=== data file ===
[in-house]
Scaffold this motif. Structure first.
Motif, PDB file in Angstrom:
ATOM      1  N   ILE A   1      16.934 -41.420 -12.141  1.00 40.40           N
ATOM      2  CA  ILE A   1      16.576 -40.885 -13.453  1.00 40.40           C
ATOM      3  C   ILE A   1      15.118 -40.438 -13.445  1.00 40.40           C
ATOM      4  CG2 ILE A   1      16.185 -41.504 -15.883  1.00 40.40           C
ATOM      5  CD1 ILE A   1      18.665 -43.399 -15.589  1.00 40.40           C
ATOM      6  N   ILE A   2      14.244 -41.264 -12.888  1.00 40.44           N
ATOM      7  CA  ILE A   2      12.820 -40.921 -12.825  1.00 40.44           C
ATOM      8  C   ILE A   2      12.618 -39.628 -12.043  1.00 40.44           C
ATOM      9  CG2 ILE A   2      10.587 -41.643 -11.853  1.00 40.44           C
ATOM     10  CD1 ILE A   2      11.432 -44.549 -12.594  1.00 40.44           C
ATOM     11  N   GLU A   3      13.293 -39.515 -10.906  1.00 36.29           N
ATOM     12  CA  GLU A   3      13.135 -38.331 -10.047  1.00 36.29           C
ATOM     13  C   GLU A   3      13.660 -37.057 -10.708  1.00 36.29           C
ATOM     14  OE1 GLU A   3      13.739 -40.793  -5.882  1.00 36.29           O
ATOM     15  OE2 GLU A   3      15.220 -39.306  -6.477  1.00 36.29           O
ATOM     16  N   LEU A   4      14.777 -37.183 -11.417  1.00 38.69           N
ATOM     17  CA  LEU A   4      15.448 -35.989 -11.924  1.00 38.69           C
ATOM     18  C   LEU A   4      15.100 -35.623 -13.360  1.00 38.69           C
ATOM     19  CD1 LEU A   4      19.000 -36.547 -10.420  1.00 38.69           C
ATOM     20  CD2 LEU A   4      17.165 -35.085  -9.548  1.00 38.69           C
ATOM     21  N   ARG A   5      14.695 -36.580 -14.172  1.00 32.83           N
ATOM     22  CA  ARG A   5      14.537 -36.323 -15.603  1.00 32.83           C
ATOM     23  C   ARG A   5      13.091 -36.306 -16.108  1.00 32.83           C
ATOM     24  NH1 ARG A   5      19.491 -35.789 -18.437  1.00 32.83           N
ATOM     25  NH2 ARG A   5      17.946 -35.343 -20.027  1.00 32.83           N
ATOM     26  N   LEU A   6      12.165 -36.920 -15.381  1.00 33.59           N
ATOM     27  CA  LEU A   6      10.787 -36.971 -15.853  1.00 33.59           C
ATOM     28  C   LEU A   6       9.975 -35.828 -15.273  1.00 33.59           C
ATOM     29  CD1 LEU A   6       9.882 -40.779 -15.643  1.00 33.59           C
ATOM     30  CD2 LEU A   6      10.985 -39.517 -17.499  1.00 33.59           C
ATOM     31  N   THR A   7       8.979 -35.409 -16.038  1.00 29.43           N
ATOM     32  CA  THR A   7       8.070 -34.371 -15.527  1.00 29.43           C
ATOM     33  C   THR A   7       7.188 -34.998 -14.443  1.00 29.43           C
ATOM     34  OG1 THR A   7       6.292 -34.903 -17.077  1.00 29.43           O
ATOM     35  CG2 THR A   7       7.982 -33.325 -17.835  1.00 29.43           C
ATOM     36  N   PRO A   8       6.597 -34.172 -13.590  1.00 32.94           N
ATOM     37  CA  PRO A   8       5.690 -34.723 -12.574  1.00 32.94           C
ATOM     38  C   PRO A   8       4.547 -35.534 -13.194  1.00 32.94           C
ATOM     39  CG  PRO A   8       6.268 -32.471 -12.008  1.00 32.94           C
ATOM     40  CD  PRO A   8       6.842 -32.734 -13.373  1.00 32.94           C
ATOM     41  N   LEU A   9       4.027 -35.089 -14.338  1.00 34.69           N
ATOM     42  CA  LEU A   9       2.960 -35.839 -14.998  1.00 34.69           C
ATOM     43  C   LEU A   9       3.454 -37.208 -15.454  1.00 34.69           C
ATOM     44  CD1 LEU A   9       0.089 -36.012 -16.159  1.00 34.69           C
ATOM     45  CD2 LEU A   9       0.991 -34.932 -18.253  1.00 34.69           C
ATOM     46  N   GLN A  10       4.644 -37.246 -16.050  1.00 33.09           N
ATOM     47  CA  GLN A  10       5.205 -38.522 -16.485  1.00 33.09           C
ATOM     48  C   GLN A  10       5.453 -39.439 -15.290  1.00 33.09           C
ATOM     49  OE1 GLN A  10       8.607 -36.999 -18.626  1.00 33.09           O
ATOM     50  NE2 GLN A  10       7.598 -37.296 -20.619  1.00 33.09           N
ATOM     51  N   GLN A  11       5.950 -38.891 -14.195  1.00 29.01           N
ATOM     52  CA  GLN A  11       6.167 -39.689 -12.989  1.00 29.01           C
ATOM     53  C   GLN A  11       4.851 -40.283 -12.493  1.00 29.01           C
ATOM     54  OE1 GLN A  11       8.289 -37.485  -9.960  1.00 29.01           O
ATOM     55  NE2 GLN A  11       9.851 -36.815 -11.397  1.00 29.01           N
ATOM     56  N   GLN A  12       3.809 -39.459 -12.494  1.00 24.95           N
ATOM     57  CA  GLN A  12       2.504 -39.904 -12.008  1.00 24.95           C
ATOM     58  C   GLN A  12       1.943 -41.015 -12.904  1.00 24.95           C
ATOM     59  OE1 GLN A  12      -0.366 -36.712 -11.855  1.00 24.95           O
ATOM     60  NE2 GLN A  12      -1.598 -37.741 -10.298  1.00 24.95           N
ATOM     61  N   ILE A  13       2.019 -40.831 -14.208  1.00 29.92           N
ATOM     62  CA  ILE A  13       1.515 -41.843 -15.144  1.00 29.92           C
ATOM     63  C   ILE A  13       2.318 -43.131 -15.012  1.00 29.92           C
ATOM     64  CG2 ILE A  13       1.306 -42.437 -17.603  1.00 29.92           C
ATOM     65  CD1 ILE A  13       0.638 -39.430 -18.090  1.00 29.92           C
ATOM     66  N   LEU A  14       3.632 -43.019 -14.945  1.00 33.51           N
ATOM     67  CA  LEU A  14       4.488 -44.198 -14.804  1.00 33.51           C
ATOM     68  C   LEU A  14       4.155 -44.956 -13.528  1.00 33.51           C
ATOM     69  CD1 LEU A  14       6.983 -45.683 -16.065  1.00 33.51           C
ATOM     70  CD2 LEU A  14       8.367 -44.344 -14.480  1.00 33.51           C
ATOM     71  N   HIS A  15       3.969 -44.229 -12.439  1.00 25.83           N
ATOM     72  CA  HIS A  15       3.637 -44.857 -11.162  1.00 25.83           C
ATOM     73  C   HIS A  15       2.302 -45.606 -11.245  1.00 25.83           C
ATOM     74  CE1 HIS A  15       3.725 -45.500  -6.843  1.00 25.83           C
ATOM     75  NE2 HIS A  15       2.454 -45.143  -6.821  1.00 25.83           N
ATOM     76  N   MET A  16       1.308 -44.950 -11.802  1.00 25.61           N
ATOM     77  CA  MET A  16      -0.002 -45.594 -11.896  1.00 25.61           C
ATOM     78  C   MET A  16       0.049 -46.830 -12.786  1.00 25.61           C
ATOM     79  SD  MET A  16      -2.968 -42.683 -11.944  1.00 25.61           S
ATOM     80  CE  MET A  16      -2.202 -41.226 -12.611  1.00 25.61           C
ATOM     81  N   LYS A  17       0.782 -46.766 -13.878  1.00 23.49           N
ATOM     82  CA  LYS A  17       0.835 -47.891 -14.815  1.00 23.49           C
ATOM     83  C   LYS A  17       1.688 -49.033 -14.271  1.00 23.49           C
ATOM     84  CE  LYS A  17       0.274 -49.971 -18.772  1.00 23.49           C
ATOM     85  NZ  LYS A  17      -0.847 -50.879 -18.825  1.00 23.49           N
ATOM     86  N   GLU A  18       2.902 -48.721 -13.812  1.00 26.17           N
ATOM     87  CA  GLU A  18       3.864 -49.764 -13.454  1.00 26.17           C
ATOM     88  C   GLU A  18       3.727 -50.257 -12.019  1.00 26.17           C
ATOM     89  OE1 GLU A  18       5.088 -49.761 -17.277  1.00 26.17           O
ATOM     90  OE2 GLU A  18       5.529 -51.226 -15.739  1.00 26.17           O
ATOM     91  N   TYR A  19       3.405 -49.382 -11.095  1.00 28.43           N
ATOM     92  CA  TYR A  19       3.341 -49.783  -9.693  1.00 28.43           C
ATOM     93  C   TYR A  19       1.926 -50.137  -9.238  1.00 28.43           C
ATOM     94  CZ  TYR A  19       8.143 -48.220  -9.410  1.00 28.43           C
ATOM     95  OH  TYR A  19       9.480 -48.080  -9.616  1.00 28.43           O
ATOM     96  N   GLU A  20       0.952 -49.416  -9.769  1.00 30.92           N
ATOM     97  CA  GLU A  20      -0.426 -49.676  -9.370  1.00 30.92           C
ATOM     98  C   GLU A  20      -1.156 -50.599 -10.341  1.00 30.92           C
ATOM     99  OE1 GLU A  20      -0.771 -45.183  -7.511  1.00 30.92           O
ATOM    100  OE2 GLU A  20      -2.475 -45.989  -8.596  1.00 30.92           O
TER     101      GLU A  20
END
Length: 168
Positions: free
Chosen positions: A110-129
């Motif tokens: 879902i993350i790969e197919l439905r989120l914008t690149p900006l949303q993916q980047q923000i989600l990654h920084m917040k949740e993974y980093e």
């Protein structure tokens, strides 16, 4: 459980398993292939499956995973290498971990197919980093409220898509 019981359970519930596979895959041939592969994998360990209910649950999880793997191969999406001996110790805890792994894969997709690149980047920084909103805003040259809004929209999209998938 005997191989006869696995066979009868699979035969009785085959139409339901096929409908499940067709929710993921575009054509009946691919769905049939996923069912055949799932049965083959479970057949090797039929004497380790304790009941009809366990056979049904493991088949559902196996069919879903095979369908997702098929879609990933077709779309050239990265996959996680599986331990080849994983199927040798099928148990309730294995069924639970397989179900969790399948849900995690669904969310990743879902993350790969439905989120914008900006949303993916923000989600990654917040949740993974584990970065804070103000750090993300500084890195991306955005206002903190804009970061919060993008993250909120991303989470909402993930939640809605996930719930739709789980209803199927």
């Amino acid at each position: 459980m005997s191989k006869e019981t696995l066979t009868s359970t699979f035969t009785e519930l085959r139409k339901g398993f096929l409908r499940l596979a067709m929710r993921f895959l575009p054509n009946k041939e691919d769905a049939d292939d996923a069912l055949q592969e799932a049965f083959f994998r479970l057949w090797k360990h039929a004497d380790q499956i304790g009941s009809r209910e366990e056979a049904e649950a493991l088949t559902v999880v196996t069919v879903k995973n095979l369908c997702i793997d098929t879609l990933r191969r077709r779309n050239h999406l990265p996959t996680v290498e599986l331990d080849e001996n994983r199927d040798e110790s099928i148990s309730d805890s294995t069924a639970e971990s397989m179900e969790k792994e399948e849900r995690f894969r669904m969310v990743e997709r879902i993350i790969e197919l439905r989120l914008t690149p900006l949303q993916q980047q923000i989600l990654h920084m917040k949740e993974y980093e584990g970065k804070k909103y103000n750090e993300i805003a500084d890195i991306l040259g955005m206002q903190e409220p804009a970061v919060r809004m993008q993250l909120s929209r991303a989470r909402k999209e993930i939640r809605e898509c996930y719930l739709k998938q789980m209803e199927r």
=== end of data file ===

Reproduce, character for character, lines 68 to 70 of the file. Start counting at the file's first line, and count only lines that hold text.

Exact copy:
ATOM     65  CD1 ILE A  13       0.638 -39.430 -18.090  1.00 29.92           C
ATOM     66  N   LEU A  14       3.632 -43.019 -14.945  1.00 33.51           N
ATOM     67  CA  LEU A  14       4.488 -44.198 -14.804  1.00 33.51           C